Hundreds of back pain sufferers will gain access to physical therapy and a host of other treatments next year, under a change to Oregon Health Plan coverage.
As the state’s version of Medicaid, OHP will prioritize physical therapy, chiropractic and other complementary treatments over painkillers and surgery. The new policy will apply to all types of back conditions, rather than just a narrow set of patients showing signs of nerve damage, as it does now.
Many OHP members who suffer back pain have been left with no choice but to take drugs, and the policy could be contributing to Oregon’s high rate of narcotic abuse, according to the Health Evidence Review Commission, which approved the policy change in the spring.
“We were hearing really loud and clear … our current state of affairs is really stupid,” said Dr. Ariel Smits, medical director for the Health Evidence Review Commission. About 8 percent of OHP members saw a medical provider for back conditions in 2013, and over half of those patients received narcotics.
PacificSource Community Solutions, which administers OHP for Central Oregon, has at least 51,000 members in the area. PacificSource did not have information on the number of local members seeking treatment for back conditions, but if the 8 percent rate reported by HERC were applied locally, it would translate to about 4,000 patients.
Dr. Alison Little, medical director for PacificSource government programs, expects many more of those patients to get treatment when the new policy takes effect Jan. 1.
“I think it will go up a lot because the number of people who qualify under the guidelines for treatment is pretty narrow, and they’re expanding it dramatically, so I think it would certainly almost double,” Little said.
The new guidelines open the door to acupuncture, chiropractic, cognitive behavioral therapy, osteopathic manipulation and physical and occupational therapy.
Alpine Physical Therapy co-owner Rob Hollander sees many OHP members in the practice. Most of them are treated for ailments other than back pain, even though spine care accounts for at least half of Alpine’s work with non-Medicaid patients.
When it comes to back pain, most OHP members aren’t getting past the evaluation stage, Hollander said. “The reimbursement for Medicaid is not the best, but there’s a population that needs access to care and needs the care,” he said. “I’m psyched there’s going to be an opportunity for those patients.”
Redmond chiropractor David Herrin has turned away many OHP members, who are often referred by a nurse practitioner working in the building where he has his practice, Redmond Wellness and Chiropractic. He said it’s frustrating because he knows he can treat the symptoms they usually describe, but in the past he found billing OHP to be difficult.
Whether Herrin begins seeing OHP members will depend on the reimbursement rate, but he hopes he can. “That would be a wonderful thing,” he said.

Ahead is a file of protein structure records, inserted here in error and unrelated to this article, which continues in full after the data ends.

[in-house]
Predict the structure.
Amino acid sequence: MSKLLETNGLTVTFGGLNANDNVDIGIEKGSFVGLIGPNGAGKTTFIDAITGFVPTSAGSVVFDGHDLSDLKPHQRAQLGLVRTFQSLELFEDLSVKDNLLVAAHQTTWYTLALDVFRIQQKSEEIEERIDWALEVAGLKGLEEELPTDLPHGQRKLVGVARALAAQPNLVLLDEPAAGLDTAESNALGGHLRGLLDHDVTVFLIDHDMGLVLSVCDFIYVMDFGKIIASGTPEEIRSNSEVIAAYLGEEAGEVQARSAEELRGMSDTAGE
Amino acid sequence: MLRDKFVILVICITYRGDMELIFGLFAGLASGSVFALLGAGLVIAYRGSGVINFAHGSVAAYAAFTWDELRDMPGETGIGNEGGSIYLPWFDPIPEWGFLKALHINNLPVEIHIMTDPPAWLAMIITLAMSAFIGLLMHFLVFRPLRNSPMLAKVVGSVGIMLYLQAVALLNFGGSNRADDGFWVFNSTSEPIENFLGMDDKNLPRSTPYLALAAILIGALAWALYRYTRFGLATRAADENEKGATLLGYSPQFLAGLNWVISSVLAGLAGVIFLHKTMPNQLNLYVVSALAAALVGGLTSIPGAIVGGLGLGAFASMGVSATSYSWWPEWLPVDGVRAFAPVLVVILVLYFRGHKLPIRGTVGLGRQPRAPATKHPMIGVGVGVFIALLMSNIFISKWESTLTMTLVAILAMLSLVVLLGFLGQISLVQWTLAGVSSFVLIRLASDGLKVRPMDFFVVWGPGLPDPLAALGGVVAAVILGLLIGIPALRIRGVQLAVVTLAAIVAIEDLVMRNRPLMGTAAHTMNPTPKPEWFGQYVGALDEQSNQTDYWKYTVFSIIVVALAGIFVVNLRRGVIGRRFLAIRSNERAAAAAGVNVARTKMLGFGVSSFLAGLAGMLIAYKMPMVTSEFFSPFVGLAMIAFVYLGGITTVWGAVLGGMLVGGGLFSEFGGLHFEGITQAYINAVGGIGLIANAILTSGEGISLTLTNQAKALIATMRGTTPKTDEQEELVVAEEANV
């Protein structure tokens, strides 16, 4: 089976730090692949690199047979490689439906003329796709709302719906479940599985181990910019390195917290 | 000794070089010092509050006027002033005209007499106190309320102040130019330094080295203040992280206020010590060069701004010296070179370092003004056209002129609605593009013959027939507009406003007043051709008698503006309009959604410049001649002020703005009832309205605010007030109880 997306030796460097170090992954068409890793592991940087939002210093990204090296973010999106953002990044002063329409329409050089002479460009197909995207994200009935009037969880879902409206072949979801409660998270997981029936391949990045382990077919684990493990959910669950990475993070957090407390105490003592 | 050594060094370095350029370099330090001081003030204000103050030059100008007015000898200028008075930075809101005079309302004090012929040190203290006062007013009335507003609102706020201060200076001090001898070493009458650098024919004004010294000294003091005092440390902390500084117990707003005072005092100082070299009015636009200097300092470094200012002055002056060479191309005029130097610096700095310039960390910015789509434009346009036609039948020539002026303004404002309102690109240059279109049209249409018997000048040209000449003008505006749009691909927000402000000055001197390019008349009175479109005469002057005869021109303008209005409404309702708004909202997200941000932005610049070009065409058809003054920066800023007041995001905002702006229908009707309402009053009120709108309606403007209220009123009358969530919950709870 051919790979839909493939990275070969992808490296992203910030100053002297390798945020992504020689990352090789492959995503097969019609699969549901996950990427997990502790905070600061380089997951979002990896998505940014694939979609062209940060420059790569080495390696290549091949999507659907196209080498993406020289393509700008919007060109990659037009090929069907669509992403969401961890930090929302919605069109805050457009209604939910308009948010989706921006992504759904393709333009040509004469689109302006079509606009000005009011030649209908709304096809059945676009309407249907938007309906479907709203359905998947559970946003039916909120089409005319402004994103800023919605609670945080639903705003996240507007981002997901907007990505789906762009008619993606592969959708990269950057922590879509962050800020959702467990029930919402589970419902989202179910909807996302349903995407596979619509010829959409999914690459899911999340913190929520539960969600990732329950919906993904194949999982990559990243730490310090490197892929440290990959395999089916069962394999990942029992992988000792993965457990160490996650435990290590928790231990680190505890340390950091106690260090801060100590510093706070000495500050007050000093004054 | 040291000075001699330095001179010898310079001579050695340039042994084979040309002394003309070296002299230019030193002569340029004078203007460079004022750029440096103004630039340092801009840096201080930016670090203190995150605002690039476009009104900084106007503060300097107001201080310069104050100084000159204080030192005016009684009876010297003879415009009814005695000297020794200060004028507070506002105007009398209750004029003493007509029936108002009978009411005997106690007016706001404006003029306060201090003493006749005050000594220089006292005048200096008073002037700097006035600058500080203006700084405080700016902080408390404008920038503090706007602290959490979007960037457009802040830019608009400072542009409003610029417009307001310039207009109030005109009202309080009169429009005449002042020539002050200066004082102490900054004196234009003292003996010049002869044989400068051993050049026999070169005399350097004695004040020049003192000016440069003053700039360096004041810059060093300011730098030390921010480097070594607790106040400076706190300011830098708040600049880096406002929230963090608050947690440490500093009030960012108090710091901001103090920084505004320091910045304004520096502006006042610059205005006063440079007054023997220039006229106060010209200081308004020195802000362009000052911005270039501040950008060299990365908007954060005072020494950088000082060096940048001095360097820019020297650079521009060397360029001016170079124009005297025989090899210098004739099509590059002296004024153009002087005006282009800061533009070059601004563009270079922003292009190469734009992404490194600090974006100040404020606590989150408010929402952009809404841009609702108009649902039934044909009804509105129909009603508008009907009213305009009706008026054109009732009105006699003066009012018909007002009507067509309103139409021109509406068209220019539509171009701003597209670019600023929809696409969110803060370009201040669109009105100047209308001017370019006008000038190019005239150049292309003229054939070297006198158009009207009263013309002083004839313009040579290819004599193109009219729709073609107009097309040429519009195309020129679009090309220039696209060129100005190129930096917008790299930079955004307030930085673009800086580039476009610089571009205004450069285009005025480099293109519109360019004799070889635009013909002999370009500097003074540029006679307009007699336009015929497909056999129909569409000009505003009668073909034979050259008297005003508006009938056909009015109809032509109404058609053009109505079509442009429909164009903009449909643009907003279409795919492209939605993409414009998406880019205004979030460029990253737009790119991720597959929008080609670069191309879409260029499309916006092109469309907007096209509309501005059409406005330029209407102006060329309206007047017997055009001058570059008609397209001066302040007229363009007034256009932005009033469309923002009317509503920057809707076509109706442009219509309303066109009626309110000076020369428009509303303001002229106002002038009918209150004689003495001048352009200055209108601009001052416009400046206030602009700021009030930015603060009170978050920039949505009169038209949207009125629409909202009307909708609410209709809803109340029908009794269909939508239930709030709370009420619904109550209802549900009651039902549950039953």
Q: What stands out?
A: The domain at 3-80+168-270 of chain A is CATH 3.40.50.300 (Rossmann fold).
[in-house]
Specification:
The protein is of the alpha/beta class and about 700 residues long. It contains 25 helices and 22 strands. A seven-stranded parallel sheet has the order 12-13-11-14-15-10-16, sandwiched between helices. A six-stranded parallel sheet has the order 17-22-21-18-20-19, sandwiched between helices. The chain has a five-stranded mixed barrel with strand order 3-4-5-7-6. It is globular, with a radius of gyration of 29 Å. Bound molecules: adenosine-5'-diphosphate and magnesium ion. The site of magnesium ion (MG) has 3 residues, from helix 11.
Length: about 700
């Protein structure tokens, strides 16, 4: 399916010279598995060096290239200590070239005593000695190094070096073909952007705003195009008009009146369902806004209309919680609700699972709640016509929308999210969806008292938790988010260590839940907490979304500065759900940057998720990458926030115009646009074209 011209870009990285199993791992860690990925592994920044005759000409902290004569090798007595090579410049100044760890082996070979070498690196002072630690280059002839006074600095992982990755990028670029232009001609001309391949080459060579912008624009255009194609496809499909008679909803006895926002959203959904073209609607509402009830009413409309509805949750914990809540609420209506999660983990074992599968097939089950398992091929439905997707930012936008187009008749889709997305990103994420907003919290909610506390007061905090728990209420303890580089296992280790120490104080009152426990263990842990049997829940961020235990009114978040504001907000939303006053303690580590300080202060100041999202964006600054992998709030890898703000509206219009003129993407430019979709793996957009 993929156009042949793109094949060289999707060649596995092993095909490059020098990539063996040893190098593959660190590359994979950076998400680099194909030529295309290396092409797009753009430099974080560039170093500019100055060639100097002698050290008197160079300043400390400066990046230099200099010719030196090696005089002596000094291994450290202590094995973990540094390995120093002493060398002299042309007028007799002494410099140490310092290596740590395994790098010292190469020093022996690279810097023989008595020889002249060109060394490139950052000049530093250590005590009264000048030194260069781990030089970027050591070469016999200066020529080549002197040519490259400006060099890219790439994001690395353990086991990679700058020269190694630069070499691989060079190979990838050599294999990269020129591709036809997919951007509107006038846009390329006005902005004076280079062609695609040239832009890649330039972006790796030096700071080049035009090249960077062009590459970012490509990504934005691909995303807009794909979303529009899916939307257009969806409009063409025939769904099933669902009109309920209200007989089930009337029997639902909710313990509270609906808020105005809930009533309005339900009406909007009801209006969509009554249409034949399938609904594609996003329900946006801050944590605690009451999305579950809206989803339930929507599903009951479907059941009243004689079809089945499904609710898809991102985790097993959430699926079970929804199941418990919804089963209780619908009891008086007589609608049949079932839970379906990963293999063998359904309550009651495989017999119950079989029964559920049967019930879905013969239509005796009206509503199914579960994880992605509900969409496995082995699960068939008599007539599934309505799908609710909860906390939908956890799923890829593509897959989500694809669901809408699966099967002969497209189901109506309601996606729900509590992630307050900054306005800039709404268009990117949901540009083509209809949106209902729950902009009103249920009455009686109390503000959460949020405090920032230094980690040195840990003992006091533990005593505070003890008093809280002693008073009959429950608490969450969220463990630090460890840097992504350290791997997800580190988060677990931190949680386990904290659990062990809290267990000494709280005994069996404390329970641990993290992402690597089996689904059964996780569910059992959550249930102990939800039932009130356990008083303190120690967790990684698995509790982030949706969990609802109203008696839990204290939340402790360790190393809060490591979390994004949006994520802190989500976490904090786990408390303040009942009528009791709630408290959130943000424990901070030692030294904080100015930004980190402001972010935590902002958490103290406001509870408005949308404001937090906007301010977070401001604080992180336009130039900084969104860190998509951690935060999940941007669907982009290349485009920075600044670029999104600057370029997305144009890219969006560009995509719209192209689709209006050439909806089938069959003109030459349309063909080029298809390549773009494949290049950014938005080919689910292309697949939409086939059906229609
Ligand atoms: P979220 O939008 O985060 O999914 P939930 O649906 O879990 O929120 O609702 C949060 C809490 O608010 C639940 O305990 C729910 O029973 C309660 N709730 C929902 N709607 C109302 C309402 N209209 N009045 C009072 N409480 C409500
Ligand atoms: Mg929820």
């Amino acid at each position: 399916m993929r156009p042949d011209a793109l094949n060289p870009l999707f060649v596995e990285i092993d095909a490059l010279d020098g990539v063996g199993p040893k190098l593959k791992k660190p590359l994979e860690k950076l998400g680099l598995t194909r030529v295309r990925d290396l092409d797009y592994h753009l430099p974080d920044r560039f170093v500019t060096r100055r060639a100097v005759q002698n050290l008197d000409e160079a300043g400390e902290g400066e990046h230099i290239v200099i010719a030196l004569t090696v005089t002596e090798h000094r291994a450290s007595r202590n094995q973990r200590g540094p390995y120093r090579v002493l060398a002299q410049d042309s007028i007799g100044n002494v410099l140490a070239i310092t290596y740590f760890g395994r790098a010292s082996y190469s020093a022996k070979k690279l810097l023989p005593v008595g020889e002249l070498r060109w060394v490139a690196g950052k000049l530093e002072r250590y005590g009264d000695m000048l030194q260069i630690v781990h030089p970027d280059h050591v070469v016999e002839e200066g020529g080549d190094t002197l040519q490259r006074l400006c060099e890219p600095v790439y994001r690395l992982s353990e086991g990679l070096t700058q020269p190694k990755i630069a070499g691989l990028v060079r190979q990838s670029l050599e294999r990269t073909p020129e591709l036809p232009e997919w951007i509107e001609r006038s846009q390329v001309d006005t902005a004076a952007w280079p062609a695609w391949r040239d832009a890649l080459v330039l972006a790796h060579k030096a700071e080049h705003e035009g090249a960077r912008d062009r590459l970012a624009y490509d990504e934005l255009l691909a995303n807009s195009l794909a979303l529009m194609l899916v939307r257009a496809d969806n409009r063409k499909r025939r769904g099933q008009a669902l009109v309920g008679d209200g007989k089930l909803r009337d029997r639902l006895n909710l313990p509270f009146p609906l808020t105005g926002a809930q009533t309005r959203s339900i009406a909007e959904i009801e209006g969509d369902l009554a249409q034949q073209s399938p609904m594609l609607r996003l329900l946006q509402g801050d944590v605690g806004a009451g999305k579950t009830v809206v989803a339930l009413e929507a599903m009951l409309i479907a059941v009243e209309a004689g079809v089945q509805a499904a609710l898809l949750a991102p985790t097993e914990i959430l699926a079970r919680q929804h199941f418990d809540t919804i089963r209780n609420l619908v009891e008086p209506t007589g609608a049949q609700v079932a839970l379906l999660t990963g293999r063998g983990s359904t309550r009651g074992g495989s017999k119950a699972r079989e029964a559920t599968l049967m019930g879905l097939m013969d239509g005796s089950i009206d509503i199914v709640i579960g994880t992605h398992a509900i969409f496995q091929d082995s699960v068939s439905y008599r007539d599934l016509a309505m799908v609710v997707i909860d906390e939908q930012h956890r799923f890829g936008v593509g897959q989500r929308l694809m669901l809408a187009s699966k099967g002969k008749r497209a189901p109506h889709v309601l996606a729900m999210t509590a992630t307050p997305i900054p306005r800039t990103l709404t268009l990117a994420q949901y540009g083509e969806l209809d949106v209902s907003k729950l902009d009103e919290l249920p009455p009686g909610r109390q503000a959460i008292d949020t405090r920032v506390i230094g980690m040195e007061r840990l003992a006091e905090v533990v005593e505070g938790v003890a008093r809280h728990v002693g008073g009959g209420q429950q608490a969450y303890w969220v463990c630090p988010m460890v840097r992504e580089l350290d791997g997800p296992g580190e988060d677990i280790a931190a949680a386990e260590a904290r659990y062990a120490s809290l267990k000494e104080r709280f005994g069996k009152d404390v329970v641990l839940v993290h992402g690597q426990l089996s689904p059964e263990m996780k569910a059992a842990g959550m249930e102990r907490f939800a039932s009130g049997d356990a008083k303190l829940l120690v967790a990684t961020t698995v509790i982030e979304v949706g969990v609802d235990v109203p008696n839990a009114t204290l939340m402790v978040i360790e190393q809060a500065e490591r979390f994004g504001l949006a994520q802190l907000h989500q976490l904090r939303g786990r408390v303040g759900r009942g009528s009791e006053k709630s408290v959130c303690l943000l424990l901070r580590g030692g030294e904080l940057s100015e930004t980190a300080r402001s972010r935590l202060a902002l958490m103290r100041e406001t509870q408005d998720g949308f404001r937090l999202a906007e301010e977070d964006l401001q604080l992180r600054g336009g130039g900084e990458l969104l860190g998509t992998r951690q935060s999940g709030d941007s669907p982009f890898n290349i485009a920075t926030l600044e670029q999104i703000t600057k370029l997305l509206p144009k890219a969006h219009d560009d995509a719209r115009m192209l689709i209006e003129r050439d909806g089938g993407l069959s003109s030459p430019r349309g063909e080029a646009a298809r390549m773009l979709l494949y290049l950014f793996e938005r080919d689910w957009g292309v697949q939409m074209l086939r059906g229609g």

The Oregon Health Plan will also allow patients to use yoga, massage and exercise therapy, but only if community care organizations like PacificSource can figure out how to pay for those forms of treatment.
Traditional insurers can’t accept bills from nonmedical providers, but CCOs have a pool of flexible state funds, which they can spend on their members as they see fit. “If they wanted to give you a coupon to go to an exercise trainer, they could do it,” Smits said.
PacificSource is open to the idea of paying for yoga and the like, Little said. “It would be a very unusual arrangement. We’re not opposed to exploring that.”
The latest research in back pain treatment bolsters the state’s decision to throw open the door to alternative medicine.
Large, randomized trials have shown that for chronic back pain, acupuncture and chiropractic therapy are equally helpful, said Dr. Richard Deyo, professor of evidence-based medicine at Oregon Health & Science University. He served on a task force that advised the Health Evidence Review Commission. “Different people respond to different things,” he said. “The outcomes tend to be very similar, in the short term at least.”
Most people have back pain at some point in their lives, Deyo said. “The good news is that pain is going to get better over time, no matter what we do.”
A small group of those patients develop persistent pain, and the solution for them appears to be exercise therapy, combined with counseling to deal with stress and depression, Deyo said. “Stress and depression can lead to or aggravate pain,” he said. “And the pain itself can aggravate stress and depression.”
The Health Evidence Review Commission expects the new policy to be more expensive, though the cost to the state hasn’t yet been calculated. OHP members will be allowed to see one or more providers, in any combination, up to 30 times a year for back pain.
The expense of a broader range of treatments could be offset by a decline in narcotics use, Smits said. Some opioids are quite expensive.
OHP expects to pay for fewer surgeries. The new policy restricts surgery to spinal stenosis, which is a narrowing or pinching of the spinal cord, and certain types of radiating pain.
The Health Evidence Review Commission is eager to discover how the policy change will impact opioid use; exactly how that will be tracked is yet to be determined, Smits said.
In Central Oregon, a task force of doctors is already working on reducing overprescription of narcotics. Little said PacificSource will keep contributing data to that effort.
— Reporter: 541-617-7860,